Open Case Studies/FRST522/Indonesia

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Illegal Logging Case Study - Indonesia (Kalimantan)


Map of Kalimantan, public domain on Wikimedia Commons

Prior to 1967, access rights to State Forests were tolerated within the context of customary rights.[1] However, during the New Order regime (1967-1998), the Indonesian government passed numerous legislation — such as the Basic Forestry Act of 1967, the Basic Mining Act of 1967, and the Basic Agrarian Law of 1969 that placed the rights of the State and national development ahead of the rights of individual communities.[2] For example, the Basic Forestry Act of 1967, although recognizing the existence of locally owned forests, stated that local communities could not obstruct the implementation of government development agendas. In the 1980s, the national government classified over 75 per cent of the nation's land as State Forest, essentially taking land away from local communities and putting it under state control and administration.[2] The approach ignored pre-existing local rights to millions of hectares of land, forests, coastlines and other natural resources.[2] The state claimed authority as the only legitimate owner of all resources in these areas and has used this authority to prioritize economic development, usually at the expense and interests of local communities. This assertion of state authority, especially during President Suharto’s thirty-two-year campaign for economic development, contributed to the rapid depletion of Indonesia’s natural resources, usually to the detriment of resource dependent communities.[1]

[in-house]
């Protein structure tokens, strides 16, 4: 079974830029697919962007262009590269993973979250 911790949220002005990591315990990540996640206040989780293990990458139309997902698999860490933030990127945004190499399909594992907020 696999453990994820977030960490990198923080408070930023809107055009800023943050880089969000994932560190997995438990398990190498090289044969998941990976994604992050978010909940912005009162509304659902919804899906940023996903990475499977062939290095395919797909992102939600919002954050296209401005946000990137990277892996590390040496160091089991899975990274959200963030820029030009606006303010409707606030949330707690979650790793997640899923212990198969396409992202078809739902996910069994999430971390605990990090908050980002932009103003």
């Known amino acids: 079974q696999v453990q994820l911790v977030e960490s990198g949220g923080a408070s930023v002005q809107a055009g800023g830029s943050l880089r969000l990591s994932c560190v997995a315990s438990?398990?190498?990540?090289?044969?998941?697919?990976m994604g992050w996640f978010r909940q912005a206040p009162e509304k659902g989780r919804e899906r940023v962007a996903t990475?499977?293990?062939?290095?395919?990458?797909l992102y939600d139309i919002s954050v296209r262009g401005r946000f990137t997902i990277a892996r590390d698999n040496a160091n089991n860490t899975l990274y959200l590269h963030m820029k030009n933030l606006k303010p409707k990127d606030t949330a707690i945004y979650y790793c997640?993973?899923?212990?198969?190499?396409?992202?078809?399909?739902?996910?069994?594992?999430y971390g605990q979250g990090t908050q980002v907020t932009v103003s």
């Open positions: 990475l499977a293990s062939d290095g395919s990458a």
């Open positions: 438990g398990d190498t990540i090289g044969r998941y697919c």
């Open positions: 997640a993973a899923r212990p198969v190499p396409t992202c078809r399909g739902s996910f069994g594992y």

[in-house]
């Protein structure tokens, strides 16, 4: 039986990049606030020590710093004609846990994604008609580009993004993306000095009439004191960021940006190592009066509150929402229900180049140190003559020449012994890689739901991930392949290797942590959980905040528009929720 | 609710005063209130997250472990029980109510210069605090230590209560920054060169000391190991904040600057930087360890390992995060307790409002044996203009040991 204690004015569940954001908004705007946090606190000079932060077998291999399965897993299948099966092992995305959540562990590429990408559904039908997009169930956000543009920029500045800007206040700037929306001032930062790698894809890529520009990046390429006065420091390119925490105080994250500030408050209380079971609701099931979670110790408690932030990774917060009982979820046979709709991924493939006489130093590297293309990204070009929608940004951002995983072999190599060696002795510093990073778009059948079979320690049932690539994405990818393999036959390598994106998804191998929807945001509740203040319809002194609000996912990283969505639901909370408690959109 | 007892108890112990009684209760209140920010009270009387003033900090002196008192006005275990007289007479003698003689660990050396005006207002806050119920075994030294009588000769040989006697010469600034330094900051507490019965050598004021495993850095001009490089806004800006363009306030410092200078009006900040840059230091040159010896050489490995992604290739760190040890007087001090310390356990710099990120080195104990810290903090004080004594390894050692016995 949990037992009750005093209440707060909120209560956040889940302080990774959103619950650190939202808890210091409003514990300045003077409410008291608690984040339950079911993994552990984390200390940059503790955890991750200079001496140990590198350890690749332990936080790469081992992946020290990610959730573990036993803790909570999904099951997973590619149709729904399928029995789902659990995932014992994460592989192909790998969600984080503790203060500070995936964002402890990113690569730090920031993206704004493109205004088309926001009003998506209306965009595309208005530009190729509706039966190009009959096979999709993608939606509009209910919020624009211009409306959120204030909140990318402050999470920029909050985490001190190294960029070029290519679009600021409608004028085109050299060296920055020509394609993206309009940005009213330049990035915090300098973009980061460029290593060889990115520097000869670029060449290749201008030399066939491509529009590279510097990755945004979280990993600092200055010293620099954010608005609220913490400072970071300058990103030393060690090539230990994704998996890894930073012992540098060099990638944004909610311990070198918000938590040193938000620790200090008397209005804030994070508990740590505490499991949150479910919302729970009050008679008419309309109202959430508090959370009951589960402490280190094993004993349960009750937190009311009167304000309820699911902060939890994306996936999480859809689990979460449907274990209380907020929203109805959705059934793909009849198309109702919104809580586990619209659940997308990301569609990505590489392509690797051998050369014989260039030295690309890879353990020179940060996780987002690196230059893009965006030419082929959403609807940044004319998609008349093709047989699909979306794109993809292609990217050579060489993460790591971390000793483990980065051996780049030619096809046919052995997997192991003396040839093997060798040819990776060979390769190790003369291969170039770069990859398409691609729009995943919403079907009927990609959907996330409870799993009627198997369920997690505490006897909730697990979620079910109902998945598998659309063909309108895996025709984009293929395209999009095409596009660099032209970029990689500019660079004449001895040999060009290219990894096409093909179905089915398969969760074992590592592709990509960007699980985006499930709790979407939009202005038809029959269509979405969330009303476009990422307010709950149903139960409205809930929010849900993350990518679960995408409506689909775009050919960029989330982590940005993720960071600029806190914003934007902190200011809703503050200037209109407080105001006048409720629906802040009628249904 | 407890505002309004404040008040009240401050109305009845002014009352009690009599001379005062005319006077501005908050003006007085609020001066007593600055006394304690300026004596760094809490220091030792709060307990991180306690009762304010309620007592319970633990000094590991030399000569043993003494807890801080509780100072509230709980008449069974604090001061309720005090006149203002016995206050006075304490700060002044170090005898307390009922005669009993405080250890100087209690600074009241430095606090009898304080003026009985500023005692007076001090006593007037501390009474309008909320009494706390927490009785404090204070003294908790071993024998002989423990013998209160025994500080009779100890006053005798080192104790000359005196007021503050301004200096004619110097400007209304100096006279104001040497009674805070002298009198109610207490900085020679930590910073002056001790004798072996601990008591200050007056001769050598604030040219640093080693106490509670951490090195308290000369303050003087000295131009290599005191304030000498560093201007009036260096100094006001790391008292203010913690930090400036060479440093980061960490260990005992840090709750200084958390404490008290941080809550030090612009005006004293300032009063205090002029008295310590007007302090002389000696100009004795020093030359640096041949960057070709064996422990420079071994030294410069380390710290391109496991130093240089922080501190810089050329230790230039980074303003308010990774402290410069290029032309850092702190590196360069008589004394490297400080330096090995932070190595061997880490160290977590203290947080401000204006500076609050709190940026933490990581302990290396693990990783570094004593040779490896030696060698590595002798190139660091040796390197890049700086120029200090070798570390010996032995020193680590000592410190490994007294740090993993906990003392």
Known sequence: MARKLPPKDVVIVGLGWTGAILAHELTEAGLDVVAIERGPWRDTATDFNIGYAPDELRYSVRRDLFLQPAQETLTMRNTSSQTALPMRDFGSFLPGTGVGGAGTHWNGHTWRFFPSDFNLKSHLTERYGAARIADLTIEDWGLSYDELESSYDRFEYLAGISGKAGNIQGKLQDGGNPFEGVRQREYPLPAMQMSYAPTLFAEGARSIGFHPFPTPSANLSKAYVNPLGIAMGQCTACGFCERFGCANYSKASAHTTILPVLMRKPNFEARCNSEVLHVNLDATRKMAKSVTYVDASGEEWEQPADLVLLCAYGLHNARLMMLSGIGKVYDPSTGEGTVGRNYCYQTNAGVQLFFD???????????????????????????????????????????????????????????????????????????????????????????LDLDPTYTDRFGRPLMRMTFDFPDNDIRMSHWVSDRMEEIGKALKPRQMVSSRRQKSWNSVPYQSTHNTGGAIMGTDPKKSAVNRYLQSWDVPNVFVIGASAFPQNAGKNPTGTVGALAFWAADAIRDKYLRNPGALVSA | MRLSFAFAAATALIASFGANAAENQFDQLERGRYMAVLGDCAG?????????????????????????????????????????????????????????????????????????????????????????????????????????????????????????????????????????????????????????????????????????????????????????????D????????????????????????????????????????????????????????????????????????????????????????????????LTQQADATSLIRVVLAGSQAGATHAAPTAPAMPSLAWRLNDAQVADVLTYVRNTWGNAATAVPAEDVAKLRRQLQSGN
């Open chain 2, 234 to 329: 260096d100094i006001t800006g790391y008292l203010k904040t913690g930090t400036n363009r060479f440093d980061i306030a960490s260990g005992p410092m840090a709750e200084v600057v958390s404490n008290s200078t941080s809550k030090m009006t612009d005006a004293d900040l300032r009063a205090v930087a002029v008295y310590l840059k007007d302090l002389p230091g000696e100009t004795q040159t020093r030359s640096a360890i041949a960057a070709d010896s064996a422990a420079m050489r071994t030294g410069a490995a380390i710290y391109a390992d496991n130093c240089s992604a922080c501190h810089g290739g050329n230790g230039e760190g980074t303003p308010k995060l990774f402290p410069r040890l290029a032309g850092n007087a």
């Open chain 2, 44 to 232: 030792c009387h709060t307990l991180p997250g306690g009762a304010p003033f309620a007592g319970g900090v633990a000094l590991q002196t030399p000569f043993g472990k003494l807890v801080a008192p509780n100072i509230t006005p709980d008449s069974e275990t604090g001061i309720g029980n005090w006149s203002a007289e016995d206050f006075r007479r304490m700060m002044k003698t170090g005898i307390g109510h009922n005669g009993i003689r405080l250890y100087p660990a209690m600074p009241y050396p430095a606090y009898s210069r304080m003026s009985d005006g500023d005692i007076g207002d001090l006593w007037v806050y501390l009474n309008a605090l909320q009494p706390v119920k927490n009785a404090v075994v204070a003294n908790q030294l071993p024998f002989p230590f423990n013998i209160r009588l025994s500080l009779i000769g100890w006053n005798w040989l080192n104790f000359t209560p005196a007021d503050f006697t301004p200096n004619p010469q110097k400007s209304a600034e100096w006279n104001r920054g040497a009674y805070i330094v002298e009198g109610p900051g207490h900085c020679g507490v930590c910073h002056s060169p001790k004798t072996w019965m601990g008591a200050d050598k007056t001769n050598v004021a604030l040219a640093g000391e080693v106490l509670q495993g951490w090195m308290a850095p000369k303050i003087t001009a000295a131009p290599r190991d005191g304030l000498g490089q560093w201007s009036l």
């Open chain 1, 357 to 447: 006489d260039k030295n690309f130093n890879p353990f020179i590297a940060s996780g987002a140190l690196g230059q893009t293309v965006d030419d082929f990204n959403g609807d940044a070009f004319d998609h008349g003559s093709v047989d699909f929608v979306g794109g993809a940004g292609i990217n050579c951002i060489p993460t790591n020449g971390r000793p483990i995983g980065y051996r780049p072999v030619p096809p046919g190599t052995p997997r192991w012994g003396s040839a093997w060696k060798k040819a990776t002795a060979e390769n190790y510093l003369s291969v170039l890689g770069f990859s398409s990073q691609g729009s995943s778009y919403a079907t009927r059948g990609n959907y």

Since the onset of the Indonesian economic crisis in 1997, illegal logging has increased across the country.[2] Even prior to the implementation of formal regional autonomy (decentralization) in 2001, the power vacuum left after the end of Suharto’s New Order regime resulted in de facto regional autonomy, where the district heads gained now-found power to grant small logging concessions which legalized illegal logging and export activities.[2] It is defined as illegal logging because the central Indonesian government and international organisations regard much current timber harvesting as illegal, whereas local communities see the timber coming from their own traditionally managed forests as part of negotiated agreements with loggers.[2]

This Wikipage will illustrate the problem of illegal logging broadly in the national context and focus at the local level of Kalimantan, with village loggers. The indigenous people are usually referred to as Dayaks, based on census data. The ethnic composition of Central Kalimantan population is: Dayak (54.28%), Banjar (24.20%), Javanese (18.06%) and Madurese (3.46%).[3] The Dayak ethnicity is comprised of four major sub-tribes, namely the Dayak Ngaju, Dayak Lawangan, Dayak Ma’ayan and Dayak Ot-Danum. The Dayak majority in Central Kalimantan is in fact asserting the largest number of customary claims on land in Central Kalimantan. Despite the State’s unilateral formal claim on lands, indigenous claims on lands are typically more accepted locally than land transactions under formal laws[3]